In Gutu an innocent family man was brutally attacked and killed for having attended Advocate Chamisa’s political meetings. Because an election is a process and not an event, one can already safely conclude that the ground is not even ahead of the watershed polls of 2023.

The reform here is that punitive measures outlawing violence, vote-buying, intimidation, abuse of aid or the abuse of State resources for campaigning must be instituted for political parties, candidates and other election stakeholders.

Media Reforms

All politics is a battle of messages and the Constitution is very clear particularly on the role of the public media in affording divergent views and equal coverage to all parties and candidates . Section 61 of the Constitution is instructive in this regard.

Section 155 (2) (d) of the Constitution is clear and unequivocal that all contesting parties and candidates contesting an election must be granted equal coverage in the public media.

The sole national broadcaster, the ZBC, has often faulted in this regard as it has almost always granted exclusive coverage only to Zanu-PF and its candidates.

In the 2013 election, the AU in its observer mission report bemoaned the fact that the State broadcaster had only granted live coverage to rallies by the Zanu-PF Presidential candidate in violation of best international standards and regional guidelines exhorting fair and equal coverage.

I had a nasty personal experience in this regard. On Saturday, 6 July 2013, as the spokesperson for the late Morgan Tsvangirai, I wrote to the ZBC demanding live coverage for the MDC’s election campaign launch at Rudhaka Stadium in Marondera.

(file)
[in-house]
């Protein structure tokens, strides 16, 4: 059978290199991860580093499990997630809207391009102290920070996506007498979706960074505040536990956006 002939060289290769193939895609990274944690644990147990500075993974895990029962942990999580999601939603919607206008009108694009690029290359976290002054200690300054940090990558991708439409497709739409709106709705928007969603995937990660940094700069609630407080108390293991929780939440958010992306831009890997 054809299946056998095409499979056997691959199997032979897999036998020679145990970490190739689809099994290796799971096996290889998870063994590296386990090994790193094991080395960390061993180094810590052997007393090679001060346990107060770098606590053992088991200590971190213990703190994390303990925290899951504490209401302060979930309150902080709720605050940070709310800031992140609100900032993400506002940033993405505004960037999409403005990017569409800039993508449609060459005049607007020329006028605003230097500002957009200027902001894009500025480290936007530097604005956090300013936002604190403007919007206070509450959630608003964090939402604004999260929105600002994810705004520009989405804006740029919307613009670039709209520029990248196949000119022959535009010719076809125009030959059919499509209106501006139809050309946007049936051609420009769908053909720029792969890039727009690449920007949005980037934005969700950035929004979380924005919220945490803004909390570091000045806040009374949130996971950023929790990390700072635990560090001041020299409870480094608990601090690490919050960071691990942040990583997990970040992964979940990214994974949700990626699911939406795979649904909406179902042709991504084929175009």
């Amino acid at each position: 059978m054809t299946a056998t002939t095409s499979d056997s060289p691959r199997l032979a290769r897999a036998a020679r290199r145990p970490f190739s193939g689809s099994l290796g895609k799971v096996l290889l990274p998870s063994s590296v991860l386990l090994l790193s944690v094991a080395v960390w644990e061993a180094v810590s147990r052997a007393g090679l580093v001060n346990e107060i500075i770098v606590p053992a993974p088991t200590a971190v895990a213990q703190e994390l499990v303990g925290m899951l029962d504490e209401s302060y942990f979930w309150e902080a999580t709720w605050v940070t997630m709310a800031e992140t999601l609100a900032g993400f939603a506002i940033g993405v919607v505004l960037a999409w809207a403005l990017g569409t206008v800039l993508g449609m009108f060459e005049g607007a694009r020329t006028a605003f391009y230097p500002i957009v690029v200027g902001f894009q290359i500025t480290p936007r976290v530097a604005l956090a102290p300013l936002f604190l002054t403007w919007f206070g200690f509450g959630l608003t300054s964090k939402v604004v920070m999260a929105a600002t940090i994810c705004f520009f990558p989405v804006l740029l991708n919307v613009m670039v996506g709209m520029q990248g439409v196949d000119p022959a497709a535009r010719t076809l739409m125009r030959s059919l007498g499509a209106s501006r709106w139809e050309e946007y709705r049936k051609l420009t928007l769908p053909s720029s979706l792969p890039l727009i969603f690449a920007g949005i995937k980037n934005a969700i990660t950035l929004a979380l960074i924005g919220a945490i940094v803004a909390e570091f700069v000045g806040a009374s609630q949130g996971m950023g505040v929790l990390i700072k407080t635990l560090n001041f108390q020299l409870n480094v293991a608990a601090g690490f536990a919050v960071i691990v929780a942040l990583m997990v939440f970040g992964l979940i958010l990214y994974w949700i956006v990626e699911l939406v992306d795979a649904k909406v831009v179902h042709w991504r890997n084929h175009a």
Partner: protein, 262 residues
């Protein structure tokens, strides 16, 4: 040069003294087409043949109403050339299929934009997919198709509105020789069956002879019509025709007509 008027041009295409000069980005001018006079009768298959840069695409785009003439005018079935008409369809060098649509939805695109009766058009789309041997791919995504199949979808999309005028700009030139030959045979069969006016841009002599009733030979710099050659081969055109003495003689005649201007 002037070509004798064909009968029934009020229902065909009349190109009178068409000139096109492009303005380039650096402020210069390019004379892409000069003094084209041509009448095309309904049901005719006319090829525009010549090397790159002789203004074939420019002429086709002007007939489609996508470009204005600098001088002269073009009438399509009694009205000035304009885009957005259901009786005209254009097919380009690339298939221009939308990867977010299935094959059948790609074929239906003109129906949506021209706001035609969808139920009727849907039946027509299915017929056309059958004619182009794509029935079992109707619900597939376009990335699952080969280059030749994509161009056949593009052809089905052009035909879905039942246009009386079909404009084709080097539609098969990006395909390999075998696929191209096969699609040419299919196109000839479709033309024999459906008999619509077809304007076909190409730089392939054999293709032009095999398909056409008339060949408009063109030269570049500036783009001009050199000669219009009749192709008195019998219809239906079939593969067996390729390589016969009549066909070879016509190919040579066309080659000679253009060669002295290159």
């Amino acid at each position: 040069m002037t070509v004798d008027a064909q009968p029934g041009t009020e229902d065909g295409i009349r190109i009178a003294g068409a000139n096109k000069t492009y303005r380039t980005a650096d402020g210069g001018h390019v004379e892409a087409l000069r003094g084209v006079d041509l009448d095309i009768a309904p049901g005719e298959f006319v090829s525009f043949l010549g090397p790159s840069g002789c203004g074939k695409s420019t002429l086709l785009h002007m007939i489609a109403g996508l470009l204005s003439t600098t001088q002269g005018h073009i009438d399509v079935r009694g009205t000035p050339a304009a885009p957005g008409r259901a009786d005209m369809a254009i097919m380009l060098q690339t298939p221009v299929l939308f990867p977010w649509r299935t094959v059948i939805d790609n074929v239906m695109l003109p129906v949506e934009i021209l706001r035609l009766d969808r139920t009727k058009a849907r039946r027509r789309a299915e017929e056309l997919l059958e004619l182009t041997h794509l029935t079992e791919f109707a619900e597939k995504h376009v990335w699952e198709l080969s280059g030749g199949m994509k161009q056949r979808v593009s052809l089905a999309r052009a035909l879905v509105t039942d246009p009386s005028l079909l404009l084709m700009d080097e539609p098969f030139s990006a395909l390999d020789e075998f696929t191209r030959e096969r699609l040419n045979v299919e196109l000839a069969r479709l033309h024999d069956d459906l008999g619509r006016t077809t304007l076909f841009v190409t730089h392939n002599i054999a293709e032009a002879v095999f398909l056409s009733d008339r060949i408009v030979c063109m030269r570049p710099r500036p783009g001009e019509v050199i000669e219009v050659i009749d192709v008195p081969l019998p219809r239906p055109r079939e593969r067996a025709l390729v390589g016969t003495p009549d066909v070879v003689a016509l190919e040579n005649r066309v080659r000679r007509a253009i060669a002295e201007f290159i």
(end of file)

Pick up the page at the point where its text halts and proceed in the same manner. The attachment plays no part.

The State broadcaster wrote back to me and demanded US$165 000, even though they had granted Zanu-PF free live coverage only the previous day at Zimbabwe grounds in Highfield, Harare.

In July 2019, the High Court made a landmark ruling when Justice Joseph Mafusire ruled that the public media were biased in favour of Zanu-PF in their coverage of the 2018 elections.

We cannot proceed to the next election unless and until there are guarantees that the public media will accord all parties and candidates fair and equal coverage as demanded by the Supreme law of the land.

It cannot be a free and fair election if the public media funded by the taxpayer are granting unfettered coverage to only one of the contesting parties and candidates.

8 . Depoliticised Distribution of Inputs and Food Handouts

The use of food as a political weapon especially during elections has been widespread in our context.

This is an election environment issue as the weaponisation of food handouts tilts the election scales in favour of Zanu-PF. In Goromonzi West in 2018, Energy Mutodi had tonnes of maize that he kept at Nyamande turn-off in Domboshava, which maize he distributed to voters on the eve of the election in a brazen case of vote-buying to which ZEC turned a blind eye.

Food must be distributed in a non-partisan manner and Zanu-PF must be stopped from reaping a political dividend from the people’s hunger.

9 . Agreement on the Procurement and Storage of All Election Material